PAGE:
Street Eats: Artato’s Baked Rice Likely Only to Appeal to Naive Teenage Diners
Maybe the recent run of successful Street Eats restaurants have misled us slightly, putting us in a world of delicious snacks and nutritious nibbles. Well, apparently it was time to be brought back down to earth, specifically via the food on offer at Artato, a small restaurant tucked in the basement of Sanlitun Soho.
Well, you can’t blame us for initially getting our hopes up – Artato, what we can only assume to be a portmanteau of art and potato, was still packed on a weekday just after peak lunch hours, which was a good sign when compared to the nearly empty Subway next door. Artato has also garnered five out of five stars from 378 reviews on Dianping, so it has to be good, right?
We can only say that we felt cheated upon stepping into the less than 50-square-meter space, which came off more like a humble and shadowy eatery that we have avoided ever since high school. The restaurant is packed with small wooden tables with plastic flowers and fake grass that covers the walls. Tacky dolls are placed randomly throughout the venue and are joined by three TVs playing cartoons.
Sitting down next to a smattering of lonely strangers, we were brought two "menus" by the owner, informing us to “scan the QR code to order online.” Thanks to this new technology, we'll no longer even have to talk to anyone or bear Beijing's infamous fuwuyuan attitude – hooray! Or so we thought. The ordering system was a complete disaster, and after scanning the code, we were asked to follow their WeChat, at which point we couldn’t find the menu. Frustrated, I looked around and found all my fellow diners to be under 20 years old, how could they find the menu and order? At this point, I seriously started to feel my age, and after another 10 minutes of desperate searching, I gave up and walked to the counter to order in the primitive way.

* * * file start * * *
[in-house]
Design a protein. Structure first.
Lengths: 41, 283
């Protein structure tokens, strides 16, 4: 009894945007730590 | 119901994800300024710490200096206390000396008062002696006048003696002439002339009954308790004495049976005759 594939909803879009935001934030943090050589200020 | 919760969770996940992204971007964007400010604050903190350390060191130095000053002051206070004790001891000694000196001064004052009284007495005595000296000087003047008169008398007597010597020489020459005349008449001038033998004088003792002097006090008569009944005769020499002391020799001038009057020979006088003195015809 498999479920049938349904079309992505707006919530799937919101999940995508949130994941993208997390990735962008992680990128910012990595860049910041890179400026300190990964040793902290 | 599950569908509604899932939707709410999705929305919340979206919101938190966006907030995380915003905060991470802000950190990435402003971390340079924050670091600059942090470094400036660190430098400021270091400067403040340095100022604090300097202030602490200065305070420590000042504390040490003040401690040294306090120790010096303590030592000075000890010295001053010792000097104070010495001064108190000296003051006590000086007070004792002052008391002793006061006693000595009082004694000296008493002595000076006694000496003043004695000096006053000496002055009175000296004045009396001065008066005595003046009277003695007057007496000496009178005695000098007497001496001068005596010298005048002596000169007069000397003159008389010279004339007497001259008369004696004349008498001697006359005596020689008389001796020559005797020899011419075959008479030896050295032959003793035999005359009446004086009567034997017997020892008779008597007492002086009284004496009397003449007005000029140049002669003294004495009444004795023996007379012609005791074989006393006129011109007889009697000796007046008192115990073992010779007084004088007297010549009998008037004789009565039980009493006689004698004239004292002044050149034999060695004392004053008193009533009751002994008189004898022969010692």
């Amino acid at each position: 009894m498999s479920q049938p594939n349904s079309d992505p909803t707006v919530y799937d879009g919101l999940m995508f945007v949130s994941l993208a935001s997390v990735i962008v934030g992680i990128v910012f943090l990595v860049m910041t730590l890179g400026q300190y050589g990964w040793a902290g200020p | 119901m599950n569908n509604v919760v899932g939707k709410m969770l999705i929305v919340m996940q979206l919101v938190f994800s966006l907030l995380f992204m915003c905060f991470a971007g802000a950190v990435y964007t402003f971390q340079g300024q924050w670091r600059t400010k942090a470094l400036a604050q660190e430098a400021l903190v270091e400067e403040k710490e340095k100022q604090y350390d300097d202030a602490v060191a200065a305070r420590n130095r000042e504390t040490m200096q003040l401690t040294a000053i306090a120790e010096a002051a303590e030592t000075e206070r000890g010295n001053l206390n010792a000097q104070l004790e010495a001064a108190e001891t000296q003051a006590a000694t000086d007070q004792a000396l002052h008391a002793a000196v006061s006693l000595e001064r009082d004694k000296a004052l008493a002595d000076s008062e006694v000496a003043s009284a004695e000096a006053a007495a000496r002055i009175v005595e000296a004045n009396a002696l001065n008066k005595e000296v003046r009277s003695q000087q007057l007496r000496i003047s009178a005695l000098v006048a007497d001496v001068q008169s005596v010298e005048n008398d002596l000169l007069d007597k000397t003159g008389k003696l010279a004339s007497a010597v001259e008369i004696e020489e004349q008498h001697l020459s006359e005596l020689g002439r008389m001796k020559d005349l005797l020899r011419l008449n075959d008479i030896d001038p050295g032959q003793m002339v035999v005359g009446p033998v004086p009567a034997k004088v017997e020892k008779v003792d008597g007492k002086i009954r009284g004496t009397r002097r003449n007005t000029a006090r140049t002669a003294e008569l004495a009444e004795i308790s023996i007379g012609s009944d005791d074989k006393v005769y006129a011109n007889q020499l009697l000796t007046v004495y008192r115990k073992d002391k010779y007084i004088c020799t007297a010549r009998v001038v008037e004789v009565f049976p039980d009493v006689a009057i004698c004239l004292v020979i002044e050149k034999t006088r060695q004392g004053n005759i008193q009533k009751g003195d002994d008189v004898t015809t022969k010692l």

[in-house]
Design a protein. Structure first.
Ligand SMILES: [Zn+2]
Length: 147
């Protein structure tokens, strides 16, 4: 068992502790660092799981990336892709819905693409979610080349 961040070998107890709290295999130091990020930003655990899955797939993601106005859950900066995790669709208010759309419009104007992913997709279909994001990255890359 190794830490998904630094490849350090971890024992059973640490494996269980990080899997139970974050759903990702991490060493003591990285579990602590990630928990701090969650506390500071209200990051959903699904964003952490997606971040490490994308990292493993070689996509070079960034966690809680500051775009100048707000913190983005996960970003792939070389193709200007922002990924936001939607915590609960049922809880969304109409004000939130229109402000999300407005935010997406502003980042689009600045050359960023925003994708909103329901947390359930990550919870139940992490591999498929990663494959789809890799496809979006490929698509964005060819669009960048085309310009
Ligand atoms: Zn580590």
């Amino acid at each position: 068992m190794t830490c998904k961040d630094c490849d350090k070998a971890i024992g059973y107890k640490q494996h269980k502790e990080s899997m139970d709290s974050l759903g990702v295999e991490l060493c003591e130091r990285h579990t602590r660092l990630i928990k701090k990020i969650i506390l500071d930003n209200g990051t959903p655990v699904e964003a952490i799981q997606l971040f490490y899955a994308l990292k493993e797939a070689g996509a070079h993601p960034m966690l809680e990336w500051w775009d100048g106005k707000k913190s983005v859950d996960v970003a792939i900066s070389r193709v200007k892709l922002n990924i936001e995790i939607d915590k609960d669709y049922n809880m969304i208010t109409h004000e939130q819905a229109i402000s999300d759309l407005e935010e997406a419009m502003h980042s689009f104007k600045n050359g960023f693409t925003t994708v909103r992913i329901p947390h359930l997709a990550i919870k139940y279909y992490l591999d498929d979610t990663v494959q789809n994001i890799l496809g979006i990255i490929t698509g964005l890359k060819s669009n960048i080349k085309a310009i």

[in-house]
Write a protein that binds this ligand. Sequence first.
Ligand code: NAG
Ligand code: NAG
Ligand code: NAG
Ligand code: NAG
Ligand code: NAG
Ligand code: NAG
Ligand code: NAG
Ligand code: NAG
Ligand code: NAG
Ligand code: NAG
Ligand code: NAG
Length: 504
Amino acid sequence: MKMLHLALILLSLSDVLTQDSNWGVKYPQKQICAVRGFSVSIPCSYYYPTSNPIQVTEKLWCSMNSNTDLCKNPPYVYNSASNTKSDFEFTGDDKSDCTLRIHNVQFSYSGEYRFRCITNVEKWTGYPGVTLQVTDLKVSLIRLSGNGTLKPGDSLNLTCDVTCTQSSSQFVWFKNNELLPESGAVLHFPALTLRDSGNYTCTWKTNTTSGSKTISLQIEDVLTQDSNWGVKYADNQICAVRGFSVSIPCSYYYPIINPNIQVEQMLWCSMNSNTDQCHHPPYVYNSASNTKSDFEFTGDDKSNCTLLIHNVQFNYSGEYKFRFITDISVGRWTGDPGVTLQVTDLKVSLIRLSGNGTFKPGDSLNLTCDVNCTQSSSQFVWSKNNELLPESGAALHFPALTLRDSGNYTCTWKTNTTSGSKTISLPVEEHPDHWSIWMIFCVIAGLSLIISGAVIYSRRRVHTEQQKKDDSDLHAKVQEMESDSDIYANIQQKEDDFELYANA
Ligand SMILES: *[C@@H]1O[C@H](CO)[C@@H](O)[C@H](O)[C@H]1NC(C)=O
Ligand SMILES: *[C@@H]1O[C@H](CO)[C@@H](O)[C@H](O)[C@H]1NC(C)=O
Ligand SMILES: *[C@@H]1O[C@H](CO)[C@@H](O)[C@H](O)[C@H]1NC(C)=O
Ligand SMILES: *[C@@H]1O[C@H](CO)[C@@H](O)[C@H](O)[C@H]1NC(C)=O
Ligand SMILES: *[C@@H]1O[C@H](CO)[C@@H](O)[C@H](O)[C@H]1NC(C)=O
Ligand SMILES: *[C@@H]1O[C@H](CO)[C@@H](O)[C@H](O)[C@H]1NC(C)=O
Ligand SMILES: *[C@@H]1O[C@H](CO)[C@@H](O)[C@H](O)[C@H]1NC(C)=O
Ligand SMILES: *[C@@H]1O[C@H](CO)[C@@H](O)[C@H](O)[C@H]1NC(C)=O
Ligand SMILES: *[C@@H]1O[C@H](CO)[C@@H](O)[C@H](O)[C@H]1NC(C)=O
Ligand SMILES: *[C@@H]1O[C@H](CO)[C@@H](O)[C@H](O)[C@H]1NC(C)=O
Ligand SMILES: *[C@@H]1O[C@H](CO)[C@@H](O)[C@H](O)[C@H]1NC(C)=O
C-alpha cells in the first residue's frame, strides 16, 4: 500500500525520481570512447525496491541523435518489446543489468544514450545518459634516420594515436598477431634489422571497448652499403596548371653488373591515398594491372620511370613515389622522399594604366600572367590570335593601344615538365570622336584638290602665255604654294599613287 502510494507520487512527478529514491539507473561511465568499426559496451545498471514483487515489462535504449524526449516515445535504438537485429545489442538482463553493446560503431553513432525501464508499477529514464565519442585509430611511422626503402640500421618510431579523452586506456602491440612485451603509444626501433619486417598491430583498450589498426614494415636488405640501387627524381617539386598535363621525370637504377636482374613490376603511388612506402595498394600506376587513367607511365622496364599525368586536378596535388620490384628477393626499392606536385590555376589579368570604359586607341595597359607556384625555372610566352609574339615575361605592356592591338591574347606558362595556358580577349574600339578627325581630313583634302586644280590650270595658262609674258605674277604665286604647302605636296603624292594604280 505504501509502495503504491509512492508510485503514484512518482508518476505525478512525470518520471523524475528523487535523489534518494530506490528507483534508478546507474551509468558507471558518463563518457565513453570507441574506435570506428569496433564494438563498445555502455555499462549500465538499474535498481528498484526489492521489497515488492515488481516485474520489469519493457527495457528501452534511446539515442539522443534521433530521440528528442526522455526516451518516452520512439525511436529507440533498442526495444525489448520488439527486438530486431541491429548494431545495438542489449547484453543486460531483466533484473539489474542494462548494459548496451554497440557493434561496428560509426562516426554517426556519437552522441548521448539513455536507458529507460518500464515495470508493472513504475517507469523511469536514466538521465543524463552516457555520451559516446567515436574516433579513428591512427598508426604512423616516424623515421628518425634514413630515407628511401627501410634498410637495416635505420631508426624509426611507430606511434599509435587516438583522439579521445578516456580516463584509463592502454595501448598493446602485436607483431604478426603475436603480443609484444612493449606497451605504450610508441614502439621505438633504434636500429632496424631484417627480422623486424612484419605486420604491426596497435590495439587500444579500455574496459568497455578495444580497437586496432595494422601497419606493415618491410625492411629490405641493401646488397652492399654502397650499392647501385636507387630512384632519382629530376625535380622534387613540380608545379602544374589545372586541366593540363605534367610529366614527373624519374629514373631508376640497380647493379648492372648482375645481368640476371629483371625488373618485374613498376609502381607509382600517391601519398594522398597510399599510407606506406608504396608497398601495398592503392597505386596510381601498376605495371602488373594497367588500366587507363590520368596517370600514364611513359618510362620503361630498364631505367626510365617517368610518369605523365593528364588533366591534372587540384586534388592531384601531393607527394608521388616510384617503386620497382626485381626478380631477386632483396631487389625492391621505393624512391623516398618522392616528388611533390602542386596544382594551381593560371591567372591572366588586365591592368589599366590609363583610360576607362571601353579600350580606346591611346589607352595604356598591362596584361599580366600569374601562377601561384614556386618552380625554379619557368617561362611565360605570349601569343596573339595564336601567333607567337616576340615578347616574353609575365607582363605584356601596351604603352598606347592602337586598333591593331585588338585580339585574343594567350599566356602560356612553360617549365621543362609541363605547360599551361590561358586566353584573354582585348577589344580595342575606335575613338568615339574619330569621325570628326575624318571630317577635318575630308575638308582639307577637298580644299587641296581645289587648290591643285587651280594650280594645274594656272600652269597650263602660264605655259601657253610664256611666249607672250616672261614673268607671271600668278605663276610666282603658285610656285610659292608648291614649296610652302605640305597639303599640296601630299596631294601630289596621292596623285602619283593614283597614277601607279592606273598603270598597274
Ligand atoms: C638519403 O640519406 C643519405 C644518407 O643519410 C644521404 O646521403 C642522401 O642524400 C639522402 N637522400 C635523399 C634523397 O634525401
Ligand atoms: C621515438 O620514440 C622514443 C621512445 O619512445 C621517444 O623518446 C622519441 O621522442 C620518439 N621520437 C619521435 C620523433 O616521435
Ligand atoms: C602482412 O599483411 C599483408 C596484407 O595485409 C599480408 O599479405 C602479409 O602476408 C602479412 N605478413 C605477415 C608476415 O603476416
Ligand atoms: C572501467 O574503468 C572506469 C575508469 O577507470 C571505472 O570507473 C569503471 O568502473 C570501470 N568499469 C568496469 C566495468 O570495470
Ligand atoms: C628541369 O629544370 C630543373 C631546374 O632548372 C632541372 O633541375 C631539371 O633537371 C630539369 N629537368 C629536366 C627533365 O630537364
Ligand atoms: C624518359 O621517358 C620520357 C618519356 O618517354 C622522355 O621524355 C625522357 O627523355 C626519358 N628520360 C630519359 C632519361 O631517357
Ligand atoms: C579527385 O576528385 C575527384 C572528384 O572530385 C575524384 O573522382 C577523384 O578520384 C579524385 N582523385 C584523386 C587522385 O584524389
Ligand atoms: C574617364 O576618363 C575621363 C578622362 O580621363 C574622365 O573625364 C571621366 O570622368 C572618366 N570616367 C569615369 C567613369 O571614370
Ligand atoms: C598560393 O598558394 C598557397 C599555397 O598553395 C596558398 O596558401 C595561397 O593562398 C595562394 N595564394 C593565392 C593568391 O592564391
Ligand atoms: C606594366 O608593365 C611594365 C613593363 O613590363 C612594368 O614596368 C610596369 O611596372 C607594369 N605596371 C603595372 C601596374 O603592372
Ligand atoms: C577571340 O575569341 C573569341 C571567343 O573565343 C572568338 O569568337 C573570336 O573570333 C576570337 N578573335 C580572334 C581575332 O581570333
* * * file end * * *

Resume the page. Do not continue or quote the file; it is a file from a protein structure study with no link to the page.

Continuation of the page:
Artato claims itself to be a master of baked potatoes, but oddly, specializes in baked rice (with little chunks of potato). The baked eel lunch set (RMB 46) came with eel over rice, a salad, and a glass of iced lemon tea. Luckily, after our fervid ordering mishap, the food was served promptly, but the sad appearance and lack of flavor sent us, once again, right back to school. Not even the small plate of lettuce, cherry tomatoes, and a dollop of Kewpie thousand island dressing could save this meal.
Where the dish failed was that the flavor of grilled eel didn’t shine through and was suffocated by the cloying and sweet soy bean sauce. The layer of cheese was quite thin, and in fact, didn't really add anything but gloop to what is otherwise an unhealthy version on Japanese unadon. The portion comes in a thin, palm-sized tray, which made the accompanying two pieces of broccoli look rather massive. The small pieces of potato were also disappointingly mediocre. And what about that drink to wash it down? Well, the lemon tea was no better than the cheapest option found in any supermarket, and it was obvious that it had been stored warm, the staff scrambling to add a few ice cubes a minute before serving.
The people (teenagers) around us were discussing the results of their college entrance exams with excitement, eagerly planning for their future and realizing their dreams. You could tell that they just needed a place to hang out, eat some (fake) Western food, and recharge before shopping with their affluent friends before going back to school in September.
Artato is neither art-related nor rice-mastering. With a half-empty belly, we left the restaurant and headed to the nearest 7-Eleven for a "proper" second lunch. Are we likely to return? Perhaps, but only if we can go back to being undiscerning teenagers.
Daily 10am-10pm. B1-121, Bldg 1, Sanlitun Soho, Gongti Beilu, Chaoyang District (5785 3190)
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Photos: Tracy Wang, Dianping